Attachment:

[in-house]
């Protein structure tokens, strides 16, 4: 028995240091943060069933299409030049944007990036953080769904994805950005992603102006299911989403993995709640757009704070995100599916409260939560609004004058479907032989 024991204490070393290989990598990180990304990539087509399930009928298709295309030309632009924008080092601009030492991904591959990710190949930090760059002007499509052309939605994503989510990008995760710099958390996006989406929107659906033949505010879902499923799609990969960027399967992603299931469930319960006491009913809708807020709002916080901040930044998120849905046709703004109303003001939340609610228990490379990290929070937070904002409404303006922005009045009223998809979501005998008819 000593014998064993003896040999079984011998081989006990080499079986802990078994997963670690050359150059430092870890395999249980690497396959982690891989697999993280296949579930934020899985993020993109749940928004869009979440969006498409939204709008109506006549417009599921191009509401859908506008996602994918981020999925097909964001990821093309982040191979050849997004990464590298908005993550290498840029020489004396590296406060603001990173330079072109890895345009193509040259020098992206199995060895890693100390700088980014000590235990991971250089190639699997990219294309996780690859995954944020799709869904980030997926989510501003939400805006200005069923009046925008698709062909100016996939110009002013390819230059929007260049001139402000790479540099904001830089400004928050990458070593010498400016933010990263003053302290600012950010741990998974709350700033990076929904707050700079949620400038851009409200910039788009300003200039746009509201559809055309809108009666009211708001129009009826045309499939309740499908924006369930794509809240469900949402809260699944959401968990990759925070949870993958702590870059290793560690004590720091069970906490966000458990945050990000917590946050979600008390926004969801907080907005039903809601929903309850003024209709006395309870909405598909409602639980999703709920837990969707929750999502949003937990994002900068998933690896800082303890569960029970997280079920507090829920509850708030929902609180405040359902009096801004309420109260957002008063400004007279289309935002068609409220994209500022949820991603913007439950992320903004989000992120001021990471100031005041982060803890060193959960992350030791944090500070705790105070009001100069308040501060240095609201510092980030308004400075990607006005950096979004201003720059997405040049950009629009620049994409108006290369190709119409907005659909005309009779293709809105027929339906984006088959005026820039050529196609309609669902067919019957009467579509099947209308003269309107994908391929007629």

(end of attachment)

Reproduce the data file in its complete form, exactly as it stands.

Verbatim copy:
[in-house]
């Protein structure tokens, strides 16, 4: 028995240091943060069933299409030049944007990036953080769904994805950005992603102006299911989403993995709640757009704070995100599916409260939560609004004058479907032989 024991204490070393290989990598990180990304990539087509399930009928298709295309030309632009924008080092601009030492991904591959990710190949930090760059002007499509052309939605994503989510990008995760710099958390996006989406929107659906033949505010879902499923799609990969960027399967992603299931469930319960006491009913809708807020709002916080901040930044998120849905046709703004109303003001939340609610228990490379990290929070937070904002409404303006922005009045009223998809979501005998008819 000593014998064993003896040999079984011998081989006990080499079986802990078994997963670690050359150059430092870890395999249980690497396959982690891989697999993280296949579930934020899985993020993109749940928004869009979440969006498409939204709008109506006549417009599921191009509401859908506008996602994918981020999925097909964001990821093309982040191979050849997004990464590298908005993550290498840029020489004396590296406060603001990173330079072109890895345009193509040259020098992206199995060895890693100390700088980014000590235990991971250089190639699997990219294309996780690859995954944020799709869904980030997926989510501003939400805006200005069923009046925008698709062909100016996939110009002013390819230059929007260049001139402000790479540099904001830089400004928050990458070593010498400016933010990263003053302290600012950010741990998974709350700033990076929904707050700079949620400038851009409200910039788009300003200039746009509201559809055309809108009666009211708001129009009826045309499939309740499908924006369930794509809240469900949402809260699944959401968990990759925070949870993958702590870059290793560690004590720091069970906490966000458990945050990000917590946050979600008390926004969801907080907005039903809601929903309850003024209709006395309870909405598909409602639980999703709920837990969707929750999502949003937990994002900068998933690896800082303890569960029970997280079920507090829920509850708030929902609180405040359902009096801004309420109260957002008063400004007279289309935002068609409220994209500022949820991603913007439950992320903004989000992120001021990471100031005041982060803890060193959960992350030791944090500070705790105070009001100069308040501060240095609201510092980030308004400075990607006005950096979004201003720059997405040049950009629009620049994409108006290369190709119409907005659909005309009779293709809105027929339906984006088959005026820039050529196609309609669902067919019957009467579509099947209308003269309107994908391929007629």